By: David Schonauer
Publish Date: Jan. 9, 2018, 8:50 a.m.
Firstly, he was a pioneering photographer.
But Baron Adolf de Meyer, Vogue’s first staff photographer, isn’t easily attached to just one identify. His background is both extravagant and uncertain: He was born, probably, in 1868 — possibly in Paris, though it might have been Vienna or Helsinki – to a Scottish mother and German-Jewish father. He arrived in London in 1895 with a title, though that claim is questionable.
“We know that he was born Adolphus Meyer (no de) in Germany in 1868 but liked to say that he was French; he drifted to London and was a member of the louche crowd that was then kissing the tweedy jacket hem of the Prince of Wales,” noted Vogue in 2015.
But he was more than a mere social climber. Over the course of his career, de Meyer transformed fashion photography, which until then had been dull and stiff. His luminous portraits injected high society into fashion editorials, “capturing the nascent sexuality and theatrical manners of the leisure class,” declared The New York Times in 2010.
Perhaps his highest praise came from Cecil Beaton, who memorably called de Meyer “the Debussy of photography.”
As a new exhibition at New York’s Metropolitan Museum of Art shows, de Meyer created images as he did his own life, transforming reality “into a beautiful fantasy.”
The exhibition, called “Quicksilver Brilliance,” is the first museum exhibition devoted to de Meyer in more than 20 years. Featuring some 40 works, drawn entirely from The Met’s own collection, it runs through March 18, 2018.
Josephine Baker, 1925–26
“While we may not be entirely sure who Adolf de Meyer was, and the artist himself may have had doubts, his works tell the story of a visionary,” notes the AnOther blog.
Some background, or what is known of de Meyer’s background: According to the International Center of Photography, he spent his childhood in both France and Germany and “entered the international photographic community” around 1894, creating romantic, aestheticized imagery in tune with the Pictorialist movement of the day. By 1899 he had earned membership in the Linked Ring, a society of Pictorialist photographers in Britain.
De Meyer’s own flamboyance helped him gain entry into the London world of upper-class patrons and artists who surrounded Edward, Prince of Wales. In 1899 he married Olga Caracciolo, an Italian noblewoman widely believed to be the Prince’s illegitimate daughter. It was a marriage of convenience, notes AnOther: Both de Meyer and his wife were gay, but together the couple cemented each other’s social status.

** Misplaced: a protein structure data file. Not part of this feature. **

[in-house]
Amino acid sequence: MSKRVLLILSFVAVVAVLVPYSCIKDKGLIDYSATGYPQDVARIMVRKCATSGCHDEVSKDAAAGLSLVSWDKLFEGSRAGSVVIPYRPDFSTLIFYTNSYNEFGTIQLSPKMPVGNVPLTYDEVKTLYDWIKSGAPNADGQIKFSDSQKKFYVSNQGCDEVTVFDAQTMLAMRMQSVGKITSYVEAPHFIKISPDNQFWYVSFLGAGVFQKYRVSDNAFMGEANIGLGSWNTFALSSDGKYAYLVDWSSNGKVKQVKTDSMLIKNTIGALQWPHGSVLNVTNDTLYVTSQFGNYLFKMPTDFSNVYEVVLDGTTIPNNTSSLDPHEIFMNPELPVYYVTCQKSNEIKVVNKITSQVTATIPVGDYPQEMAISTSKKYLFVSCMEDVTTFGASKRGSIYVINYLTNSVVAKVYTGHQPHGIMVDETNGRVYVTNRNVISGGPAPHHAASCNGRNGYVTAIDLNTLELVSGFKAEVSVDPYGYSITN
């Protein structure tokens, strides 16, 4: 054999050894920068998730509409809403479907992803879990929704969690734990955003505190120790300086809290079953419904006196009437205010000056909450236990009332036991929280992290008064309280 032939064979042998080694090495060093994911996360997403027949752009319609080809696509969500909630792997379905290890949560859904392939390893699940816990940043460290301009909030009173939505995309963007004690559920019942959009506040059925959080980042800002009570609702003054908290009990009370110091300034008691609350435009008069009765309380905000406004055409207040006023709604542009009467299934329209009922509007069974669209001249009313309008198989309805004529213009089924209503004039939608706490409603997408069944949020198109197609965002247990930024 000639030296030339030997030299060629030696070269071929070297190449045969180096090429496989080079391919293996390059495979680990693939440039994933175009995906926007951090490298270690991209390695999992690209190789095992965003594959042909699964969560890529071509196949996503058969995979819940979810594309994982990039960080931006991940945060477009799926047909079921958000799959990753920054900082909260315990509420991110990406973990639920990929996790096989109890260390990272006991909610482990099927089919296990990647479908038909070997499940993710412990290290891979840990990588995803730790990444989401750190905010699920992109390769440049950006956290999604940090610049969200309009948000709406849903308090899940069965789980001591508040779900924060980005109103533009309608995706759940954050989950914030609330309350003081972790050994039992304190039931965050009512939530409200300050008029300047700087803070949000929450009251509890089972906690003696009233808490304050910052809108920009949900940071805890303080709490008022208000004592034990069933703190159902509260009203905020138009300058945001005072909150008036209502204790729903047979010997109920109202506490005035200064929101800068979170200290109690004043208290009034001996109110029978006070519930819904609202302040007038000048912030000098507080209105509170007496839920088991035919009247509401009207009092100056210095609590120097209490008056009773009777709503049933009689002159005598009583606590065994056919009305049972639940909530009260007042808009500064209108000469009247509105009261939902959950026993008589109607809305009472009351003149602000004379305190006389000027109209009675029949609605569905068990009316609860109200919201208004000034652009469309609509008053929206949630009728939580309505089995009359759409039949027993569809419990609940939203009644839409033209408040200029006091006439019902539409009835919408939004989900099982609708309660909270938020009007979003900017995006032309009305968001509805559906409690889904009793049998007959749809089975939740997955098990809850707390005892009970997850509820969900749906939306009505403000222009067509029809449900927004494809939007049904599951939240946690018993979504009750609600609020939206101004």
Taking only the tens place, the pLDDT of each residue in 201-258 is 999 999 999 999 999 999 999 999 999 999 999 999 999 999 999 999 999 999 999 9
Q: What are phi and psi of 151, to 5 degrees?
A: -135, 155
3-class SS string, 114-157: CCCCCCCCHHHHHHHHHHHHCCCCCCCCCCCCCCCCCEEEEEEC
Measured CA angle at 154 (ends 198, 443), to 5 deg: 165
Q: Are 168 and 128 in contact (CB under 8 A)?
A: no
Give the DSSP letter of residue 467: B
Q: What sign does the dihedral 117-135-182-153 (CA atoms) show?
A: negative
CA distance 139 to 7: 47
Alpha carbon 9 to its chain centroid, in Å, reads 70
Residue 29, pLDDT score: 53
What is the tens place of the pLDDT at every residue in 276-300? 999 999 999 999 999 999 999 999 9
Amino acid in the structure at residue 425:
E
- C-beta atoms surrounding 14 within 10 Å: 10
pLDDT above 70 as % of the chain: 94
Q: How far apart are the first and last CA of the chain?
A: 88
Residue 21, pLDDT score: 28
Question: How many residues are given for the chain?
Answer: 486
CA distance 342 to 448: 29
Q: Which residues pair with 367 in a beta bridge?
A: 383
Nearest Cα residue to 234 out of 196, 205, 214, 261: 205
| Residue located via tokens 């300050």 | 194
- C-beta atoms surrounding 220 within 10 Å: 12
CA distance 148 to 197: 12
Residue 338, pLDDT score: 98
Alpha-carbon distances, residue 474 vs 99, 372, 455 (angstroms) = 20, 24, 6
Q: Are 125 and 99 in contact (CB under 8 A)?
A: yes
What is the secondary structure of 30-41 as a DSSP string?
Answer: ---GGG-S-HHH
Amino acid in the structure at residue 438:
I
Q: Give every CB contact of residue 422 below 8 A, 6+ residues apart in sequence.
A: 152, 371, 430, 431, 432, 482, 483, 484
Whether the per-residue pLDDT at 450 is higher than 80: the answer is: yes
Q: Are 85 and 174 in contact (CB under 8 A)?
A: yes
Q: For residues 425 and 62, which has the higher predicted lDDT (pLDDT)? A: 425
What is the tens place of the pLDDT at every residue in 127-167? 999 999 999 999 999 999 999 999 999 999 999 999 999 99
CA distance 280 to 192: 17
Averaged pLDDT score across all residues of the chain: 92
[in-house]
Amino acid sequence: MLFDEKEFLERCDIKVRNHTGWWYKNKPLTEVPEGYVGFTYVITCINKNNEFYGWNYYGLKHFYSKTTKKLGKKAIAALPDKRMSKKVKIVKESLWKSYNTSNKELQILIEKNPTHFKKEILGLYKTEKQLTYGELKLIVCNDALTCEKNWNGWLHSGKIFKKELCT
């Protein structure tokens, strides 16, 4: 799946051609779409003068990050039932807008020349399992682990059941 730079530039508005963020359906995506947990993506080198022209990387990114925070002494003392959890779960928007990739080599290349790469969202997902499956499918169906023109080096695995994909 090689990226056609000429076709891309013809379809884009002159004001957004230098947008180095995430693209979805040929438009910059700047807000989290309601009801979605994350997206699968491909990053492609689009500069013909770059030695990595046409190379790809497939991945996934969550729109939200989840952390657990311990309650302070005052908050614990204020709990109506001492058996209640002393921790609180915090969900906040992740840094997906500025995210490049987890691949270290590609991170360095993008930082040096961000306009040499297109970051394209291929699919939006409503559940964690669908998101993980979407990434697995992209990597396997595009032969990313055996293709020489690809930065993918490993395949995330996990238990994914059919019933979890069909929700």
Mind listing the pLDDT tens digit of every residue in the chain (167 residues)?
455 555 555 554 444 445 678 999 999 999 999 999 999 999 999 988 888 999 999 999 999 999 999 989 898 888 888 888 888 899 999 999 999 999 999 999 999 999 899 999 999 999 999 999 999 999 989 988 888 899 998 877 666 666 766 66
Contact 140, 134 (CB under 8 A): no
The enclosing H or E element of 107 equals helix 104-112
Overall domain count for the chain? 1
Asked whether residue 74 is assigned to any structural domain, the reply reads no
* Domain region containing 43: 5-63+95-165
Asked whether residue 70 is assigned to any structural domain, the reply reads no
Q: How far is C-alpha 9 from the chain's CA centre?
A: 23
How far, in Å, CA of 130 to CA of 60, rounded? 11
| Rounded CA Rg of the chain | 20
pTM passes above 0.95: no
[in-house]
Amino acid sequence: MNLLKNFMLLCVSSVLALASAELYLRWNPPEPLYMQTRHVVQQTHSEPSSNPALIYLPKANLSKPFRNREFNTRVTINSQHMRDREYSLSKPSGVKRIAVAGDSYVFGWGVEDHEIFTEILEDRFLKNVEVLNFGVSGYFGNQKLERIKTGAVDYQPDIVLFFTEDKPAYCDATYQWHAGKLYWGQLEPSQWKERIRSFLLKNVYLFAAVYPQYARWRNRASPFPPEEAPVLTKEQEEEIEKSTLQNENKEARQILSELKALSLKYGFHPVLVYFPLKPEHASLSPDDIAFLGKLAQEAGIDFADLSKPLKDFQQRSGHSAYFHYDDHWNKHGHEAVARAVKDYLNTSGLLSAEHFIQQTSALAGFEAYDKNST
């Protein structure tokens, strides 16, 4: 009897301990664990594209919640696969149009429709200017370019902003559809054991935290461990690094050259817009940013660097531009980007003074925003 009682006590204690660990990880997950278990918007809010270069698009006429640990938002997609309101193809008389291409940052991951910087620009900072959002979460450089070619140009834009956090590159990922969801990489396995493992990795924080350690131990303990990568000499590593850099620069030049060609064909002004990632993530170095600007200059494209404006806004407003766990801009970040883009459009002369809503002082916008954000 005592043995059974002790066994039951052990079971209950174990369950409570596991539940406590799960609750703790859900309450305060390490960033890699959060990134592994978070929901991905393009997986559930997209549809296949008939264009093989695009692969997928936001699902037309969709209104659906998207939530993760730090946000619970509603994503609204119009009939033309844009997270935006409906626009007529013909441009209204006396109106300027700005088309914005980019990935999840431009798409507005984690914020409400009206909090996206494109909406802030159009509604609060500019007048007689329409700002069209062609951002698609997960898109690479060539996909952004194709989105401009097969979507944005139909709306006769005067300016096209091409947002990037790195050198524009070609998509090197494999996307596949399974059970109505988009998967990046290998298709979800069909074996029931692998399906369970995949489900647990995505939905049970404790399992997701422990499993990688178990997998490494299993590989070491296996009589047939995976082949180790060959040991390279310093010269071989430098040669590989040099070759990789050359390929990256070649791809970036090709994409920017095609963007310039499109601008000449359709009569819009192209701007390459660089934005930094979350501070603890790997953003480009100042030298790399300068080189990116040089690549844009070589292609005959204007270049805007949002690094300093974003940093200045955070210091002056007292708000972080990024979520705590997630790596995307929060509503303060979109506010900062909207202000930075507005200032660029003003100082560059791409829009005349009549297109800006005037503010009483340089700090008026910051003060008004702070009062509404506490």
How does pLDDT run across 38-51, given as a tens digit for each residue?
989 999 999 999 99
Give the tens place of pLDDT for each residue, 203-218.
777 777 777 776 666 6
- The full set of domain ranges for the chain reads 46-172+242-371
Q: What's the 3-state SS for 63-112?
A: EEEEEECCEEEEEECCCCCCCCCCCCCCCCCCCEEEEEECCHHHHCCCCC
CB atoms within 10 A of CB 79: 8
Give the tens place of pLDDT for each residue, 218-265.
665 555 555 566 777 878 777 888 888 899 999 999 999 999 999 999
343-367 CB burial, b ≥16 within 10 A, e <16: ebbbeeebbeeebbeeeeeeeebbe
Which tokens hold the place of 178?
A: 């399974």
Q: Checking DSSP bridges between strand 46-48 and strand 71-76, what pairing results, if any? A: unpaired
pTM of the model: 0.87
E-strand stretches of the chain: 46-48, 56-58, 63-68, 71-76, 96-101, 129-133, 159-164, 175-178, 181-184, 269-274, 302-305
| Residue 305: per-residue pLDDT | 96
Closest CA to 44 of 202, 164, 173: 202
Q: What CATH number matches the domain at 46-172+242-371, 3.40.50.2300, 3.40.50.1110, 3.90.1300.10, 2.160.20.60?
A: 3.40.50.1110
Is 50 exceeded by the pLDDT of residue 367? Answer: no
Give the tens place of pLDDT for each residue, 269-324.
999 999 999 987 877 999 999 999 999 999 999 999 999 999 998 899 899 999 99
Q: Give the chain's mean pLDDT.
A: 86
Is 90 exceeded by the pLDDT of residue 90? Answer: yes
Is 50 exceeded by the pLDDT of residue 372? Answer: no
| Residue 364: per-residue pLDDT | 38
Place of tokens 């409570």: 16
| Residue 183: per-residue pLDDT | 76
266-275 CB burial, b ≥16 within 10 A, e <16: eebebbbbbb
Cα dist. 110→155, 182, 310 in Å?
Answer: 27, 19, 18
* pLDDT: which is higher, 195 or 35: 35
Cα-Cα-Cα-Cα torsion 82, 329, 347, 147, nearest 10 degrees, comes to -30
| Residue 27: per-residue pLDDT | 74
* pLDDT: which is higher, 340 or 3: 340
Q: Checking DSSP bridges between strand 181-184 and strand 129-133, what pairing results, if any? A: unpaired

Their status took a hit after Edward VII’s death in 1910 and the coming of World War I. De Meyer traveled to the United States in 1912 and was hired as Vogue's first full-time photographer in 1914. He produced fashion layouts and photographed celebrities there until 1921, when he accepted a position at Harper's Bazaar that allowed him to return to Paris.
Etienne de Beaumont, ca. 1923
The Shadows on the Wall, “Crysanthemums,” ca. 1906
Rita de Acosta Lydig, ca. 1917
De Meyer, notes AnOther, “was at the forefront of a new visual vocabulary for fashion photography, one with a direct link to the likes of Deborah Turbeville and Tim Walker today.”
But fashion being fashion, de Meyer’s Pictorialist images began to be seen as outmoded in the 1920s. At Vogue Edward Steichen began ushering in modernism. In Paris, de Meyer continued to thrive, shooting the singer Josephine Baker in sequins and feathers and Coco Chanel in a fur-lined suit of her own making. “[B]rands such as Elizabeth Arden were clamoring for his otherworldly touch on their ads,” notes AnOther.
By 1932, however, de Meyer was forced out of Harper's Bazaar. Unrest in Europe brought him back to the United States in 1939, and, notes the ICP, “he spent his remaining years in Hollywood, where he died, virtually unknown and unappreciated, in 1946.”
Plate from Le Prelude a l’Apres-Midi d’un Faune, 1914
De Meyer was also the preeminent photographer of Vaslav Nijinsky and the Ballets Russes, and among the highlights of the new exhibition is a book — one of only seven known copies —documenting Nijinsky's 1912 ballet “L'Après-midi d'un faune.”
“This rare album represents de Meyer's great success in capturing the movement and choreography of dance, a breakthrough in the history of photography,” notes the museum.